So it turns out that Billy Beane isnt past his sell-by date at all. He just peaked too early, cinematically speaking.
You see, this is the As movie that should have been made, not the one that was released last year. This is the team made of the sparest parts, with the least reason to think grand thoughts, yet thinking them all the time anyway because . . . well, because why the hell not?.
Take Saturday. The As let down a crowd of 28,142 by not beating the New York Yankees with a walk-off hit, as they had the night before. Instead, they got a homer in the eighth inning from Brandon Inge, the greatest .200 hitter who ever .200-ed his way through a season.
Then, because that was insufficiently dramatic, they trotted out Sean Doolittle to save the game in the ninth because closer Ryan Cook was on E after three consecutive appearances. And all Doolittle and his raggedy used-to-be-an-infielder-before-his-shoulder-turned-into-an-ankle-ish had to do was face and vanquish Alex Rodriguez, Robinson Cano and Mark Teixeira, with a side of Andruw Jones.
67.5 million and 1,574 home runs. And Doolittle went single, strikeout, strikeout and steal, strikeout.
RECAP: Pratt's Instant Replay -- A's 2, Yankees 1
You think thats not a movie. You think that doesnt beat the hell out of Jonah Hills slack-jawed face for two hours?
Well, maybe it doesnt. Movies are a personal thing.
But this is a hell of a movie, and for Beane, who has watched those halcyon days of yore fade into questions of whether the finances have passed him by, this may turn out to be the wackiest revenge.
True, Orson Welles may not be the best comparison point here, but he did open his career with Citizen Kane and then never came close to matching it. Beane was the hottest thing in businessmen-watching-baseball for a long time, then the ground dried under his feet.
And now? Sean Doolittle strikes out 135 percent of the Oakland payroll to give the Yankees one more finger in the eye. After Inge, the new and improved Scott Hatteberg, homers to put the As ahead. After Jarrod Parker, a Diamondback a year ago with 73 pitches of major league experience, snuffed the Yankees on five hits.
Yes, this is the movie that should have been made, and would have been if Michael Lewis had only had the wit to foretell the future and wait a decade. And if Brad Pitt could have been convinced that Inge wouldnt be a better role. And if Jon Hamm could have signed on to be a slightly grayer Beane.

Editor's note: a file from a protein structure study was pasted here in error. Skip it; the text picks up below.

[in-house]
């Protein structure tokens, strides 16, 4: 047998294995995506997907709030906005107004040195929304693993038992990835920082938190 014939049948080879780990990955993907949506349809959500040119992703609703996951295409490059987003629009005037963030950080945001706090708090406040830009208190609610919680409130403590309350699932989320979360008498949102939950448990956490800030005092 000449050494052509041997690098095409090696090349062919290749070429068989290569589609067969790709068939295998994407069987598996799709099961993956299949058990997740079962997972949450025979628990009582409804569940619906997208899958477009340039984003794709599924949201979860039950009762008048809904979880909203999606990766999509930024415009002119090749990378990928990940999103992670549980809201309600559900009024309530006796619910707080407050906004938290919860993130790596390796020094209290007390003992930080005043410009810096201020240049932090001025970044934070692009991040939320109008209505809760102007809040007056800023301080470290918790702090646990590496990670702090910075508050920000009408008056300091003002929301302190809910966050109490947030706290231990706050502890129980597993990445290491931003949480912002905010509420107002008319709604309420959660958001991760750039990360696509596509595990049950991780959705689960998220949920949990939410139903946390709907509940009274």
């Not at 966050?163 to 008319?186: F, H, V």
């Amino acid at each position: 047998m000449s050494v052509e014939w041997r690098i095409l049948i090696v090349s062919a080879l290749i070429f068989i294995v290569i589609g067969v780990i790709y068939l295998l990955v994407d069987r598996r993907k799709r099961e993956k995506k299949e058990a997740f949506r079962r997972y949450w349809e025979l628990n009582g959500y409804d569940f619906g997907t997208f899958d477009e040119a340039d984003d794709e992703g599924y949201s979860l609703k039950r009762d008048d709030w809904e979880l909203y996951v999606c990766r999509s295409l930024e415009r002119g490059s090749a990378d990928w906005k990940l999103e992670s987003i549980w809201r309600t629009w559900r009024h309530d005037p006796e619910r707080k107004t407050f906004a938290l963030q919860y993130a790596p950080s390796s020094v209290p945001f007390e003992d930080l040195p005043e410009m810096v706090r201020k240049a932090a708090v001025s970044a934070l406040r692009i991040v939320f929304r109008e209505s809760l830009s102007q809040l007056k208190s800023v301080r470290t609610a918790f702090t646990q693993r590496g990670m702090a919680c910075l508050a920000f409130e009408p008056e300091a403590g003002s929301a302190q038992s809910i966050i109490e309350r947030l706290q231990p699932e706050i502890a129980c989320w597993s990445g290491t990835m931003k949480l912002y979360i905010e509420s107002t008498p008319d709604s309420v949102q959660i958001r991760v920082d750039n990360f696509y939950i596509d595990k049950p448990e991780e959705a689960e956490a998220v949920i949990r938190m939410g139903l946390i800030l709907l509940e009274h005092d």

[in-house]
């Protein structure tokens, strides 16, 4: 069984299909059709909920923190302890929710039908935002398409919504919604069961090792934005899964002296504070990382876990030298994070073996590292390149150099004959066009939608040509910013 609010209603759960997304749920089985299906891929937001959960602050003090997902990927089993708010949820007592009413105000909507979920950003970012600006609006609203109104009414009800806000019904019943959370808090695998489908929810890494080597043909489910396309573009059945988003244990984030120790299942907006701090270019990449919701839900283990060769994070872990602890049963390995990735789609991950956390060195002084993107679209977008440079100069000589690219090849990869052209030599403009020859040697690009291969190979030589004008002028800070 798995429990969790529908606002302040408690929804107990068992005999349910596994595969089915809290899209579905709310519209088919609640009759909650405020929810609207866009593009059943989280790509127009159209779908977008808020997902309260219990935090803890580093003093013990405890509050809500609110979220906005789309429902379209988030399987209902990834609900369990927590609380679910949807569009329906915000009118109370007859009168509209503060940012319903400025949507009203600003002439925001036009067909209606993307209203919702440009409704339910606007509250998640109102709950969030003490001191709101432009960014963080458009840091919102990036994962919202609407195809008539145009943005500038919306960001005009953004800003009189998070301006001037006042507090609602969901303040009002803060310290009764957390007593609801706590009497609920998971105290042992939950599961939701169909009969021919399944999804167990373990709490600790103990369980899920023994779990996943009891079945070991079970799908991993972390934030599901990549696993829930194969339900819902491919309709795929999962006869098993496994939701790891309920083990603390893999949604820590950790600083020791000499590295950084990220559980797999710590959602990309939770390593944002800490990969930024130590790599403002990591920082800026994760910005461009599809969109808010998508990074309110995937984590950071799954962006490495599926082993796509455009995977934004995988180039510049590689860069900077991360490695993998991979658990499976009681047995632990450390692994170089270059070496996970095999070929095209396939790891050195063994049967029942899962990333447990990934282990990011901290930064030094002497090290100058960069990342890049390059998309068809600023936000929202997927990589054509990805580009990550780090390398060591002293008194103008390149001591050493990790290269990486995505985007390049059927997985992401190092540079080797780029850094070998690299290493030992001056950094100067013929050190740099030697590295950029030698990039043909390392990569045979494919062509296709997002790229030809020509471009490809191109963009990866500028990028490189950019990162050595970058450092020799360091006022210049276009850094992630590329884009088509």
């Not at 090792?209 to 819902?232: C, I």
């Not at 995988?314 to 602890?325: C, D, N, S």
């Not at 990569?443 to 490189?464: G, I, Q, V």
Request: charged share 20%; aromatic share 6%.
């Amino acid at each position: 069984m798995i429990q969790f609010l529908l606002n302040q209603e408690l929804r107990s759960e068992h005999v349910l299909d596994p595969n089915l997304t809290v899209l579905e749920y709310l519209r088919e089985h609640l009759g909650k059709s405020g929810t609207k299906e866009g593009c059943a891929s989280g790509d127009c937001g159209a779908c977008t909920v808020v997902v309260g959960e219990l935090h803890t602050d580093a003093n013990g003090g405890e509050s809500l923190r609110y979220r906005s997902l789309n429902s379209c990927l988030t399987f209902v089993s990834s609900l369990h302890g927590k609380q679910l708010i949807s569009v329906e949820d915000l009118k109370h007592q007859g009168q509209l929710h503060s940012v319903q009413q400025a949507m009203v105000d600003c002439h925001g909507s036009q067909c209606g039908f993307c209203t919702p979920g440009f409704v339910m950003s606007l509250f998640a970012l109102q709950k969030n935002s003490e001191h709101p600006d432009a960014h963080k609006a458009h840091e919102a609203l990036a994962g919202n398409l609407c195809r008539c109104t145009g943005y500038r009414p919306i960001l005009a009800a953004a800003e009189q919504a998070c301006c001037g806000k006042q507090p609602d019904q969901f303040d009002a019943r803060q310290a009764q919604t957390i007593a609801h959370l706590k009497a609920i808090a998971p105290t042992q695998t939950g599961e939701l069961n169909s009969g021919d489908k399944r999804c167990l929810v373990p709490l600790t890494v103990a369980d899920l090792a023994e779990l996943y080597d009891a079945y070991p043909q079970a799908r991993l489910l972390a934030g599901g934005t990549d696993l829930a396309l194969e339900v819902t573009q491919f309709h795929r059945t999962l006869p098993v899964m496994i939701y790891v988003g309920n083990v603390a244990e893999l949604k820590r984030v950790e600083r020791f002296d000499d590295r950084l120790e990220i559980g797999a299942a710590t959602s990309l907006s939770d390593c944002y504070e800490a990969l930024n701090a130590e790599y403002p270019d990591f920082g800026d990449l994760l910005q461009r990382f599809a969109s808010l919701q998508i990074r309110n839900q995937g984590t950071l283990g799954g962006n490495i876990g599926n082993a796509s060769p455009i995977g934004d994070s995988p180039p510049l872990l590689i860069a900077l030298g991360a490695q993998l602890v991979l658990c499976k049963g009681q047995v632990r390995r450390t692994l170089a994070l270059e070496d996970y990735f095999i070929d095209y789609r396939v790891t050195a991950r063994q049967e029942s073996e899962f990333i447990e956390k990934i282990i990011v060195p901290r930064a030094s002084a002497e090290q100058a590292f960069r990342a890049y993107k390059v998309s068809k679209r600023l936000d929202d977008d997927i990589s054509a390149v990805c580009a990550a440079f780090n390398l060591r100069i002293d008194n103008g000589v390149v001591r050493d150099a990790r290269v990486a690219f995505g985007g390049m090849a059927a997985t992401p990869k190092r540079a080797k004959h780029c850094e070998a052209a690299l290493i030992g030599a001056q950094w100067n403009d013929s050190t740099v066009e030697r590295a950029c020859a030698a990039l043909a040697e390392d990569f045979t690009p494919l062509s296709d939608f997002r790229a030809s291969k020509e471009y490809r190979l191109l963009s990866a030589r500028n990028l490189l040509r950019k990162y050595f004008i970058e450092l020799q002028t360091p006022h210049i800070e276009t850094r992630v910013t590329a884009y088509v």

Now this isnt your boilerplate Beanes-a-genius column, because this transcends master plans and outthinking the planet in search of value for dollars spent. This is hitting-on-17 stuff, and even if it doesnt last . . . well, the other movie didnt end with the last game, either. And everyone gets credit because, well, to do otherwise would ruin the story.
This is otherworldly, and maybe it wont last because of the cruel gravity of the 162-game season. But this game alone should act as a hell of an example of what kind of film could be made if you just suspend belief and play it over the top.
Way over the top.
Yoenis Cespedes (the player the As would never have been in on in the old days) hit a zillion-foot homer to tie the game. Inge was all but chased out of Detroit (and isnt that a feat in and of itself). Parker. Doolittle. And Cook, and Josh Reddick the manic pastry chef and right fielder, and Brandon McCarthy and his tweeting spouse, and miscellaneous other Brandons, and Tommy Milone, and Chris Carter, and Bartolo Colon, and the stray Australians, and best of all, the hologram of Marlon Brando as Manny Ramirez, the ghost of Flag Day Past.
Of course, it wouldnt work with big stars stealing the screen, because thats not what this team is. It might have to be sold as an ensemble piece, a sort of Animal House casting process where the most famous actor has the fewest lines. Why, theres a place for Peter Dinklage here, I know it.
So yes, this is a movie. A hell of a movie, in fact. Way more cavalier than the first Major League, may more realistic than Eight Men Out, way more fun than Bang The Drum Slowly, and way more of a statement about the capriciousness of life than Bull Durham.
Indeed, this is the logical inheritor of the Moneyball title, except that this isnt Moneyball. Were not quite sure what it is yet, because this team isnt quite sure what it is yet, either. They may not know how theyre doing it, to be honest, but they know it is getting done.
And however it gets pitched to the studio, it works as entertainment. It seriously does.